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Azazel (Heb. עֲזָאזֵל) is the name of the place or the “power” (see below) to which one of the goats in the Temple service of the Day of Atonement was sent. There is a great deal of confusion regarding the exact meaning of the word. The name appears in Leviticus (16:8–10): “And Aaron shall cast lots upon the two goats; one lot for the Lord, and the other lot for Azazel. And Aaron shall present the goat upon which the lot fell for the Lord and offer him for a sin-offering. But the goat, on which the lot fell for Azazel, shall be set alive before the Lord, to make atonement over him, to send him away for Azazel into the wilderness.”

The goat which was dispatched to Azazel was not a sacrifice since it was not slaughtered. From the actual verses themselves it is not even certain whether the goat was killed; thus, it seems that the two goats can be compared to the two birds used in the purification ritual of the leper. Just as there one of the birds is set free to fly over the field (Lev. 14:4–7), so here too the goat of Azazel was sent into the wilderness. The goat was dispatched to carry the sins of Israel into the wilderness, i.e., to cleanse the people of their sins. This is also the reason why the ritual took place on the Day of Atonement.

The idea that the goat was loaded with the sins of Israel is expressed in the Mishnah (Yoma 6:4) which relates that the Babylonians (or the Alexandrians) used to pluck the hair of the goat and proclaim “Take and go” which is explained as meaning “why is this goat waiting here when the sins of the generation are many and are upon them” (Yoma 66b., cf. the text cited by R. Hananel ad loc.).

A detailed description of the ritual in the Second Temple is found in the Mishnah in the general description of the avodah of the Day of Atonement: the high priest cast lots – upon one the word L-YHWH (“For the Lord”) was written and upon the other La-ʿAzazel (“For Azazel”). Afterward he drew lots and on the head of the goat chosen for Azazel he bound a thread of crimson wool and stood the animal opposite the gate through which it would ultimately be taken (Yoma 4:1–2). After the high priest had performed several other rituals he returned to the goat, placed his hands on it and confessed: “O God, Thy people, the house of Israel, has sinned and transgressed before Thee….” He then handed the goat over to the person who was going to take it, called Iʾsh ʿItti (Lev. 16:21), i.e., the man who had been prepared for that time (et). Although any Jew was qualified to fulfill this function, the high priests did not allow non-priests to do it (Yoma 6:3). When the Iʾsh ʿItti reached the cliff, he pushed the goat over it backward and it hardly reached the halfway mark in its descent before it was completely dismembered (Yoma 6:2–6).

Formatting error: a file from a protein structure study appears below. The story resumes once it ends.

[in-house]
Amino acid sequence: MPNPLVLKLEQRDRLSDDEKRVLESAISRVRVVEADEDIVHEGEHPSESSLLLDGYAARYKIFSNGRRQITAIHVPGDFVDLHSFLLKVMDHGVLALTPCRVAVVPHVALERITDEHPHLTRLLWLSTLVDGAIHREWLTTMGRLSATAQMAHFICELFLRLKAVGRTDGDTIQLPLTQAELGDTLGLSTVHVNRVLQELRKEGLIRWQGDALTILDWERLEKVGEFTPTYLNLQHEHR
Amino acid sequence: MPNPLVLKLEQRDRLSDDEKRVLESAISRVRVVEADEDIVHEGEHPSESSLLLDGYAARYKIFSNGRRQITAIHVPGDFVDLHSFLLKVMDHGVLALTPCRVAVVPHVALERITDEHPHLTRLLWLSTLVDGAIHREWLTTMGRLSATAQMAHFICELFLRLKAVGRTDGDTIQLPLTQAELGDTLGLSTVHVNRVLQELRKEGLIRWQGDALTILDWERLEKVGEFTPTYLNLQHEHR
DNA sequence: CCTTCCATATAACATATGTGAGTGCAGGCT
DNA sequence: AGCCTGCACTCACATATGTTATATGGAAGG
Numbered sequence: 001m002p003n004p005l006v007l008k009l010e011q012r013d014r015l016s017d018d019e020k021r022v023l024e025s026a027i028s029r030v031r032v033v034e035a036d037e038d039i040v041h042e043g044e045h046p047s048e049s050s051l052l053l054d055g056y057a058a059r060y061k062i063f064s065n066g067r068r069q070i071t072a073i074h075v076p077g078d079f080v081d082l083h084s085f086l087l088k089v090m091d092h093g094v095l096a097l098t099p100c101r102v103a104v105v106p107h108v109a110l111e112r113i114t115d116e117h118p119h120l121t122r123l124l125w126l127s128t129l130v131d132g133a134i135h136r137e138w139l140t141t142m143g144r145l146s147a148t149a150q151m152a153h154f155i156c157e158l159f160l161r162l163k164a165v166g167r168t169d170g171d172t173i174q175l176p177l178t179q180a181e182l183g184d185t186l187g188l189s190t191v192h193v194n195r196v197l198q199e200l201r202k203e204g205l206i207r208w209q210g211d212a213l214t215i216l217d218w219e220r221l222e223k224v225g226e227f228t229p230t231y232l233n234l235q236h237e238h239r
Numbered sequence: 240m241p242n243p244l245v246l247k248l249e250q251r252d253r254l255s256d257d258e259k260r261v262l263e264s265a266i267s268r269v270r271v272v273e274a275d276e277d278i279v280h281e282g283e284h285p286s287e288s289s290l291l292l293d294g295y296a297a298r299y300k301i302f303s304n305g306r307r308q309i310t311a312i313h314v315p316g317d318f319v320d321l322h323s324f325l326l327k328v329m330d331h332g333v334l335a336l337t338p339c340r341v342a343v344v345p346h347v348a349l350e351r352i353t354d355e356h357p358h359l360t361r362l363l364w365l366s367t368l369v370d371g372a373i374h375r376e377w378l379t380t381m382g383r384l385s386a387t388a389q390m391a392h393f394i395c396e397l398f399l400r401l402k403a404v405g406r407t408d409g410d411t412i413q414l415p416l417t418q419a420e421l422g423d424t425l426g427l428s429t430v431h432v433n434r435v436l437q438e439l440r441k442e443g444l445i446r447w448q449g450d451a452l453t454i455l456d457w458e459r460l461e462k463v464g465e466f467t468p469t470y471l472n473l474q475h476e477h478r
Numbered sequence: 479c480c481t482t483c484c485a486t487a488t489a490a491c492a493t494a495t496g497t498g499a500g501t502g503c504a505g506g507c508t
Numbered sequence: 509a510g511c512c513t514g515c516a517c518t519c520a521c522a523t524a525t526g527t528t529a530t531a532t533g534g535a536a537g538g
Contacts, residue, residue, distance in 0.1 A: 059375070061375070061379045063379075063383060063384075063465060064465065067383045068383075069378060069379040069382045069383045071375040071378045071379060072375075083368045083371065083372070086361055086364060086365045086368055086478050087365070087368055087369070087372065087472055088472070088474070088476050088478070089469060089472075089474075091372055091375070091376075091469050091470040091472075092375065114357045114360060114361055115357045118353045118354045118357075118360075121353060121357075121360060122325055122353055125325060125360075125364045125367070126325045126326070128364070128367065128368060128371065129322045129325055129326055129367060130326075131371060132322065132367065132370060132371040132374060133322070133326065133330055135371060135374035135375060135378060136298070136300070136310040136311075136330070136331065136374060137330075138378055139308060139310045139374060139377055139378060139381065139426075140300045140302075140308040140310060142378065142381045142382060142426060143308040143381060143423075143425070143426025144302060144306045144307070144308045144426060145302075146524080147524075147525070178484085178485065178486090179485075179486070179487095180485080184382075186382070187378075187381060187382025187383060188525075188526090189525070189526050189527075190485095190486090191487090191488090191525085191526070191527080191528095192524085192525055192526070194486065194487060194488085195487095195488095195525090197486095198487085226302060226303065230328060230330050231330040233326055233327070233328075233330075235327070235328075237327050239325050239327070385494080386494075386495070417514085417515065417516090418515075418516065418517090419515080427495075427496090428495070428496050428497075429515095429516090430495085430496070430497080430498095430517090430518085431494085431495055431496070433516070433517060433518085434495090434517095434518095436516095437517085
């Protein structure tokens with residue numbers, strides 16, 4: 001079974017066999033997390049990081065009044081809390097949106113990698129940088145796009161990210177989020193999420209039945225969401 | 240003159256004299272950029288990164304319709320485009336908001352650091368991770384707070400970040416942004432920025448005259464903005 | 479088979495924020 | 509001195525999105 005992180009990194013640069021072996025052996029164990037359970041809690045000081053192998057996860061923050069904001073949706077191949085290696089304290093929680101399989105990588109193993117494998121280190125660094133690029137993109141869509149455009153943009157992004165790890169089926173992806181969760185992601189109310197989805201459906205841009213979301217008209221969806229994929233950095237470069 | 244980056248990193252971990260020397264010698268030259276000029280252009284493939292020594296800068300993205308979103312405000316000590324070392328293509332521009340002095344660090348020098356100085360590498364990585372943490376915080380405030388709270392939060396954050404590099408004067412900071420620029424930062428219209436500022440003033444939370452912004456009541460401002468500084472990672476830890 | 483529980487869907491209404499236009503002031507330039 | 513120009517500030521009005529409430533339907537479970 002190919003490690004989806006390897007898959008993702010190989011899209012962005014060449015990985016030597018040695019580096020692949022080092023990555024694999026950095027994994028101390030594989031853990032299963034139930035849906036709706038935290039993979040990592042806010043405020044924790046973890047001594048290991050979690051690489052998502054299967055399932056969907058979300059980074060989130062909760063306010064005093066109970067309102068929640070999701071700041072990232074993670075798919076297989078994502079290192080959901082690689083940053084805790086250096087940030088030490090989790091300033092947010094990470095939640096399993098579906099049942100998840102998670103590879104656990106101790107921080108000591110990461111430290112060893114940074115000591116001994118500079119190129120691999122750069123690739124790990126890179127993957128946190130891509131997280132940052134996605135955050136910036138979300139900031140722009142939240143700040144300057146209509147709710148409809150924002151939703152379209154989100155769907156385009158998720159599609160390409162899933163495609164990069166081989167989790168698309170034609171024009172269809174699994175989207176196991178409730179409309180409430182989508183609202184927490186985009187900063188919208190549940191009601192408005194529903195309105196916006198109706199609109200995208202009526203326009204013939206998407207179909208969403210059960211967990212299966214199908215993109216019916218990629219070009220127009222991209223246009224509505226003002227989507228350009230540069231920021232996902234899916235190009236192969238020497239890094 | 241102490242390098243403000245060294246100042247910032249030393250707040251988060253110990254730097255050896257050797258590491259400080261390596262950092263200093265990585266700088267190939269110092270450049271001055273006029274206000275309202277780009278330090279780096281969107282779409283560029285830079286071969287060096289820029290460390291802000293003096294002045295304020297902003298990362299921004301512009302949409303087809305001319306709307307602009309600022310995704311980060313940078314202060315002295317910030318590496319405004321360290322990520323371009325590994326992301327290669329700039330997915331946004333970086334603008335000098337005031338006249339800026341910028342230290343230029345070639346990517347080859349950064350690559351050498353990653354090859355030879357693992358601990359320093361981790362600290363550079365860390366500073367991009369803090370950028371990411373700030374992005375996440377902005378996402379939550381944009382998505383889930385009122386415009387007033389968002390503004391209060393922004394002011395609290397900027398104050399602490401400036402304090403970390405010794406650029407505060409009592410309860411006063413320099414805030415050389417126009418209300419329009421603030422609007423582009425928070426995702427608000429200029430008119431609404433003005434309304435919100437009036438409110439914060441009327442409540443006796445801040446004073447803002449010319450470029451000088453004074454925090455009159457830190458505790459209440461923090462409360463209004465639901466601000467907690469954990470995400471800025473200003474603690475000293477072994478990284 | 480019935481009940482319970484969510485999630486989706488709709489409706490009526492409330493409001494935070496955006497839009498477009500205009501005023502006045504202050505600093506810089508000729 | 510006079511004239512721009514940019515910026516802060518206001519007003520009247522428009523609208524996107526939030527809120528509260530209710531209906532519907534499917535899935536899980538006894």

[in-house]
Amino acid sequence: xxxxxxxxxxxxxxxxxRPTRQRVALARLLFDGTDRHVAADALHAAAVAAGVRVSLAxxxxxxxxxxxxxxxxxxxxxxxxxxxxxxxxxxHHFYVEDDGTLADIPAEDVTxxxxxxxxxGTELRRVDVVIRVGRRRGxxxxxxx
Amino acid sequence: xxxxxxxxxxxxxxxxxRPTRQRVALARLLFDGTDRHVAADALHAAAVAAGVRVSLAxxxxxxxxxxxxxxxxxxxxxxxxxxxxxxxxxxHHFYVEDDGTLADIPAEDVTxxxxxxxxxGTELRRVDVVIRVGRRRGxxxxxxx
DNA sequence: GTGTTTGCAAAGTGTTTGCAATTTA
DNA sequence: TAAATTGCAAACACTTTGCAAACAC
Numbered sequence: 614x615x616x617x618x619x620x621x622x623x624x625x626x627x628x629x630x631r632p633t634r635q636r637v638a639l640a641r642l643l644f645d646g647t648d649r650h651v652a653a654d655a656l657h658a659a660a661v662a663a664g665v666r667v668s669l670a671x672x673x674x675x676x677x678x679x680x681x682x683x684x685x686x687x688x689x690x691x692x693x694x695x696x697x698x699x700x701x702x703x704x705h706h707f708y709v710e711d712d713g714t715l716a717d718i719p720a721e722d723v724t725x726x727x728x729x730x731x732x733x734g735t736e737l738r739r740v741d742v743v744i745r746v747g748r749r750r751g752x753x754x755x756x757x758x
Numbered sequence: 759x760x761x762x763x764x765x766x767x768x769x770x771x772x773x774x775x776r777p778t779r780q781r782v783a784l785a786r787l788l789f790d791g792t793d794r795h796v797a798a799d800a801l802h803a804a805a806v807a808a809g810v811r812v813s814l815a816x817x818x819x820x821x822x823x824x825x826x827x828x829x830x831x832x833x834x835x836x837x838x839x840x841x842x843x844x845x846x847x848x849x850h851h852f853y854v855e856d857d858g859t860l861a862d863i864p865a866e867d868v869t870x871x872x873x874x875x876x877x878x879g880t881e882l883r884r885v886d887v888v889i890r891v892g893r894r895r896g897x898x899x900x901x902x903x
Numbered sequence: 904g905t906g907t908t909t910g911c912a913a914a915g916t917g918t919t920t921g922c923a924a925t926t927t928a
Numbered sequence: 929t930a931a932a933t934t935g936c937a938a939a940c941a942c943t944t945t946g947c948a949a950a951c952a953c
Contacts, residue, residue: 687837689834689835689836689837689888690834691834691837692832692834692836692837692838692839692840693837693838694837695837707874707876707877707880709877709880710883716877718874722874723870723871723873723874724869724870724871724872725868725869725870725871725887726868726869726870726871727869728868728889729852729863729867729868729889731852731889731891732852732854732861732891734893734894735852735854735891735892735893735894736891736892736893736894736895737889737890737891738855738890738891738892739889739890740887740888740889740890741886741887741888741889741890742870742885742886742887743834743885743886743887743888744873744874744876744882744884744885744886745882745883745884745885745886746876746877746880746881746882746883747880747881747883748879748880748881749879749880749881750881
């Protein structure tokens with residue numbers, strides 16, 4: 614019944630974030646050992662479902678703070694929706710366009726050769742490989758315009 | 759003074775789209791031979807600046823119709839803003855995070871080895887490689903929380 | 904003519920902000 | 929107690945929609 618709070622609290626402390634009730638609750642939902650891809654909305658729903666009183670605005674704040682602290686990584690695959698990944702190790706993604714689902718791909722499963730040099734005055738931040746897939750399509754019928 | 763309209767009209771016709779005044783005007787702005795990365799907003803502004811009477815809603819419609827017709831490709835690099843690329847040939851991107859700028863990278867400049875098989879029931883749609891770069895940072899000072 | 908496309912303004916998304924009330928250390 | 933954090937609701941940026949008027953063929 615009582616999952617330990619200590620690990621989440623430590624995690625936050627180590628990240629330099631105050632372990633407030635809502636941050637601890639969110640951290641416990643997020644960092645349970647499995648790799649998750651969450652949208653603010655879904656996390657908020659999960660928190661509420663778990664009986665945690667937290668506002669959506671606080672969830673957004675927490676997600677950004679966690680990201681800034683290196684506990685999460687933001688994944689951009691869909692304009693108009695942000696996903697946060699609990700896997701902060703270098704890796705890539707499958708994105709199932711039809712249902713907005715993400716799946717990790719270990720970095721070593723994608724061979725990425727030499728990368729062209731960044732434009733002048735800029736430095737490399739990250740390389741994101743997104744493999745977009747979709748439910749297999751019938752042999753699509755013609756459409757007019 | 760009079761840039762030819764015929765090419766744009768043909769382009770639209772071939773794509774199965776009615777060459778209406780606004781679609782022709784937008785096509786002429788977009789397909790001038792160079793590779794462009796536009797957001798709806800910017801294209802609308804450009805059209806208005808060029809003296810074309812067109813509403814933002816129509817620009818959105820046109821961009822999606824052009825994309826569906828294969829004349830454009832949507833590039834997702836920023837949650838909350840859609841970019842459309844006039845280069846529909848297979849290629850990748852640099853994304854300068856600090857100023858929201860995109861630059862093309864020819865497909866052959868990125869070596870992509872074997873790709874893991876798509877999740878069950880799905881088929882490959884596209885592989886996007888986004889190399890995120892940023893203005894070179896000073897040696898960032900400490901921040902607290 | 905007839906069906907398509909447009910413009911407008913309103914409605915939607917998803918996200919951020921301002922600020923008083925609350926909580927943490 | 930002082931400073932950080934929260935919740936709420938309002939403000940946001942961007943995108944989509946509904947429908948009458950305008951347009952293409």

It seems that even in the time of the Second Temple when they used to kill the goat, its actual death was not considered indispensable since, as soon as the goat reached the desert, the high priest was permitted to continue with the divine service and was not required to wait until the goat was killed. It is possible that the goat was killed to ensure that it would not return – laden with the sins – to inhabited places.

There have been efforts to compare the ritual of the goat to several customs of the ancient world. In Babylonia, for instance, it was customary on the festival of Akītu (the New Year) to give a goat as a substitute for a human being (pūḫ) to Ereshkigal (the goddess of the abyss). In an Akkadian magical inscription from the city of Assur which deals with the cure for a man who is unable to eat and drink, it is prescribed that a goat should be tied to his bed and that thus the sickness will pass to the goat. On the following morning, the goat is to be taken to the desert and decapitated. Its flesh is then cooked and put in a pit together with honey and oil, perhaps as an offering to the demons.

During plagues, the Hittites used to send a goat into enemy territory in order that it should carry the plague there. On the head of the goat, they would bind a crown made of colored wool, comparable perhaps to the thread of crimson wool which was tied to the head of the goat in the Second Temple period (Yoma 4:2). In the Hellenistic world there were also “scapegoat” rituals, but they had the custom to take a man as “scapegoat” and not an animal. In some places these rituals were performed in times of trouble, in others at fixed appointed times of the year. However, in the Hellenistic world the important part of the ceremony was not the killing of the “scapegoat,” but it’s being sent out of the city and indeed, in some places, it was not even killed.